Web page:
Avondale releases more annexation infoMayor Terry Giager speaks during an Oct. 27 City Commission meeting. Photo by Dan Whisenhunt
This story has been updated.
The Avondale Estates City Commission on Monday, Oct. 27, moved an annexation petition from nearby Stratford Green forward, and discussed new information about other potential annexations.
Commissioners adopted a resolution that sets a Nov. 17 public hearing date for the Stratford Green petition. If commissioners annex the property, it would add 154 town homes and about 400 residents into the city limits.
Information published on the city’s website shows that the current annexation plans – which also include Forrest Hills, Decatur Terrace and Avondale Station – would add a total of about 2,270 people. The city’s current population is about 2,800 people. A financial analysis released by the city estimates all of the areas in the map, including properties around Rio Circle and the DeKalb Farmers Market, would bring in $1 million in revenue and cost taxpayers $712,480 annually. The city estimates it would need to hire nine more employees, including five police officers.
The data presented by Avondale does not anticipate future revenues or costs, City Manager Clai Brown said. Commissioners had originally planned to vote on a resolution on at Monday’s meeting asking state Rep. Karla Drenner, D-Avondale, to file an annexation bill that would’ve included these areas. Commissioners postponed that vote to give residents more time to digest the new information.
Additionally, the city published yet another annexation proposal for an area called Rockbridge. It includes Avondale Middle School and the American Legion.
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There’s of course a caveat to all this. Decatur Terrace, the DeKalb Farmers Market and the Rio Circle property owners don’t want to be in Avondale’s map. Decatur Terrace and Rio Circle have petitioned Decatur and requested removal from Avondale’s plans. The DeKalb Farmers Market owner has also requested removal, and would prefer to stay in unincorporated DeKalb County, with a second choice being a bigger city, like the proposed city of Briarcliff.
Mayor Terry Giager, who recently stepped into the job after the resignation of Ed Rieker on Oct. 2, said he’s meeting with the Rio Circle property owners.
“We met with the head, their front man, and asked him and said can we invite everyone in to city hall and talk to the group and he said sure,” Giager said. “I think we had a very positive meeting. Hopefully after we talked to them a little while and let them know where are, then maybe some things will change. Hopefully they will. Decatur Terrace, I know they’re wanting to get into Decatur because of the school system. That’s the No. 1 key thing that’s swung it that way. I’m kind of mixed in that, I don’t think they’re going to make it into Decatur because the schools are at max and they’re not wanting residential property. So it’s kind of a wait game to see how Decatur rules. If they get turned down, then I’m going to schedule another meet and greet with them.”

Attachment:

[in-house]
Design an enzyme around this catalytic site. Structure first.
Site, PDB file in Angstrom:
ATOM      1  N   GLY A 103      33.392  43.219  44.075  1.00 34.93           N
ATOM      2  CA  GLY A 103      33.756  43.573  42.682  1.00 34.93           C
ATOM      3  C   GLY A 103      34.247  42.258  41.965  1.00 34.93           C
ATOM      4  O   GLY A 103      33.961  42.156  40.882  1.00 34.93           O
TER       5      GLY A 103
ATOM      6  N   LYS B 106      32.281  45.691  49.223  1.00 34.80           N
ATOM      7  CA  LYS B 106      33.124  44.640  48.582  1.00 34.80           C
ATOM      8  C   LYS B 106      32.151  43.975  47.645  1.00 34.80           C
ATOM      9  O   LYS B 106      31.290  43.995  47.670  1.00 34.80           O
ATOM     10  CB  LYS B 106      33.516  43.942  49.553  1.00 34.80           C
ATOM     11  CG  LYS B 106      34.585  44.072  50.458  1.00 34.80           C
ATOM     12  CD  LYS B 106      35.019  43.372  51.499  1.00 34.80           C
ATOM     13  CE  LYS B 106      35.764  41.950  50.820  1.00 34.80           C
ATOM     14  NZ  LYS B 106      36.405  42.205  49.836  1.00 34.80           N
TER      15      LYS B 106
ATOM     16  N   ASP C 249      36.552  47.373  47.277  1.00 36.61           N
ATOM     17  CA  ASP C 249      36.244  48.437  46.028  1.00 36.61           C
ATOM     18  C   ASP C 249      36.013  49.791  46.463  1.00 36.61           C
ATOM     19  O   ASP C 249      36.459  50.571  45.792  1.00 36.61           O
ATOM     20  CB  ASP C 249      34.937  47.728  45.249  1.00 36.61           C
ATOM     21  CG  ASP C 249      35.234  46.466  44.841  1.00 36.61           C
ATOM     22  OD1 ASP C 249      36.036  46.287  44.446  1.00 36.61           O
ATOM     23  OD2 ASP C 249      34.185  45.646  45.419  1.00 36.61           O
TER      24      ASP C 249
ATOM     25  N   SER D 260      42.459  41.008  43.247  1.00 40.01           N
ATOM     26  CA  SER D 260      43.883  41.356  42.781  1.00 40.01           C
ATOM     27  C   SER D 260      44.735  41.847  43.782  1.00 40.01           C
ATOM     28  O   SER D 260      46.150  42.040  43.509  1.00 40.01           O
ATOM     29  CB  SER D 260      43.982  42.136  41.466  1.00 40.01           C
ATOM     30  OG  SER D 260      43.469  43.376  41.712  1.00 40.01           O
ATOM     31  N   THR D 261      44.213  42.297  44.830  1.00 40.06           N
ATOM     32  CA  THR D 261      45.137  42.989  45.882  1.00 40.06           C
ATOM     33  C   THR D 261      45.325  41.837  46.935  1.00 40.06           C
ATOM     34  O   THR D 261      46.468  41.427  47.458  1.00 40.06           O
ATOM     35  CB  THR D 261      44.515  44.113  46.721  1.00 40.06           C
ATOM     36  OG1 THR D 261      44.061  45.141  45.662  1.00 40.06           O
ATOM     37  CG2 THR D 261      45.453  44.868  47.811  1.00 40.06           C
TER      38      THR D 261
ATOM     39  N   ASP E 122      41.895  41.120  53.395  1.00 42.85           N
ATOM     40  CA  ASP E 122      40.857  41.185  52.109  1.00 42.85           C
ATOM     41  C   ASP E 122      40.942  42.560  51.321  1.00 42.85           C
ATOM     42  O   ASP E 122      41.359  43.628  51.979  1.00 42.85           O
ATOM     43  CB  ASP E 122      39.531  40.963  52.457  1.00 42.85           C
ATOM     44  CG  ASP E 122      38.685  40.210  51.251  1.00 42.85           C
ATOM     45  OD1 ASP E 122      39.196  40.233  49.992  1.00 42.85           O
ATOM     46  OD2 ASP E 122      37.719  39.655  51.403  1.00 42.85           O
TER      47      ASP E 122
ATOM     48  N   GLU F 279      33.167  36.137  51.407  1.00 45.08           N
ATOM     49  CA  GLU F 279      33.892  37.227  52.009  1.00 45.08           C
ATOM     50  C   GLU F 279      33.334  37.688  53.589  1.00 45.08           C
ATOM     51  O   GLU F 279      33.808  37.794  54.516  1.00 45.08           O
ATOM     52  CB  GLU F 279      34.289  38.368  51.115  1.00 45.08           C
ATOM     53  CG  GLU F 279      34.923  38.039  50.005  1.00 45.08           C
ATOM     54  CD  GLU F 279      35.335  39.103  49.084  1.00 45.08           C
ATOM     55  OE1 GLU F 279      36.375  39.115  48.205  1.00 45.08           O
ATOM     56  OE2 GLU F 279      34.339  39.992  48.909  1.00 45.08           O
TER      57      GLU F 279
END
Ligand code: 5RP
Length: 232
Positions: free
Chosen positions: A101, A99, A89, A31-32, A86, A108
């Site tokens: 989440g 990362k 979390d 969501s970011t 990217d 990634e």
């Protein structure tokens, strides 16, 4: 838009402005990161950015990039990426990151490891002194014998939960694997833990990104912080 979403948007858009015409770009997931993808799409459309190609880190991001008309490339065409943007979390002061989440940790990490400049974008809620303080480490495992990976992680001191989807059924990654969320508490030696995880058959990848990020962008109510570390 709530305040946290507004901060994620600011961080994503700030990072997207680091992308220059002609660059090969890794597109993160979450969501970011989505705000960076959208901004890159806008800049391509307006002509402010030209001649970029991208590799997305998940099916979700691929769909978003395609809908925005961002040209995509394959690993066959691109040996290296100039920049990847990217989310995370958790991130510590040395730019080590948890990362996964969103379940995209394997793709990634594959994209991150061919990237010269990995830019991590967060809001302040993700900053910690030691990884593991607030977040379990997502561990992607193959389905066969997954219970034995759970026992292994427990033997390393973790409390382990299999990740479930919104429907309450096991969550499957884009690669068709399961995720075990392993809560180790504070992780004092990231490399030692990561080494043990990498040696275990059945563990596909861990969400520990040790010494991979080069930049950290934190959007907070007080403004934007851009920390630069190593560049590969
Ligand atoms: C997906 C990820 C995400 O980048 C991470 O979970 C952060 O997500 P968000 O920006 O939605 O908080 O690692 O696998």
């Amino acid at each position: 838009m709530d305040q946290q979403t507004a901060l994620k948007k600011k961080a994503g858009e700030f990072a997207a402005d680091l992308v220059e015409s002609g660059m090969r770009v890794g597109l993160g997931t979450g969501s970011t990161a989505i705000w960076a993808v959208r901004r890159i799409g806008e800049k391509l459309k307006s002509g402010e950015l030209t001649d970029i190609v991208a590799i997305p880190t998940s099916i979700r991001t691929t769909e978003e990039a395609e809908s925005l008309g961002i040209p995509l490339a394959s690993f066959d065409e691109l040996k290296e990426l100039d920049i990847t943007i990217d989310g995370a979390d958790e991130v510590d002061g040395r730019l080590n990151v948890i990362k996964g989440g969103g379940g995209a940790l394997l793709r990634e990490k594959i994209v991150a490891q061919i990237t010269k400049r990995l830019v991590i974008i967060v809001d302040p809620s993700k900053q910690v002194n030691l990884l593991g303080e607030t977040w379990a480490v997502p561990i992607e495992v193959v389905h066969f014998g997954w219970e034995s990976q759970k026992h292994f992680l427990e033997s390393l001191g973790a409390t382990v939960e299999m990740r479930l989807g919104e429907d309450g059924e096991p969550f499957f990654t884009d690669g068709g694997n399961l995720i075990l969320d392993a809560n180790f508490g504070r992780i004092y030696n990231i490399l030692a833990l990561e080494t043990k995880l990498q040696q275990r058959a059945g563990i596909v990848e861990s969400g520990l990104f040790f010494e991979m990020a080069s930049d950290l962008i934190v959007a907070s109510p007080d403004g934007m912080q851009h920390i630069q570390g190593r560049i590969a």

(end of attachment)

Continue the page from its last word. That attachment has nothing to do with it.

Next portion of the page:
Current Avondale residents are also hesitant to annex more residential property. Andy LaRocco, a former city commissioner, spoke out against the annexation plans during public comments at the Oct. 27 meeting.
“I don’t believe the commission has made any real valid points,” he said. “Sometimes the response to specific questions have been off the top of the head.”
This is the city’s financial analysis of the annexation plans and its Rockbridge proposal:
The Rockbridge map above was provided on the city of Avondale Estates’ annexation page. The creator of the map contacted Decaturish on Oct. 28 and said the map published by the city was preliminary. Here is the corrected version of the map, which was prepared for Richard Williamson, a spokesman for the Rockbridge annexation:
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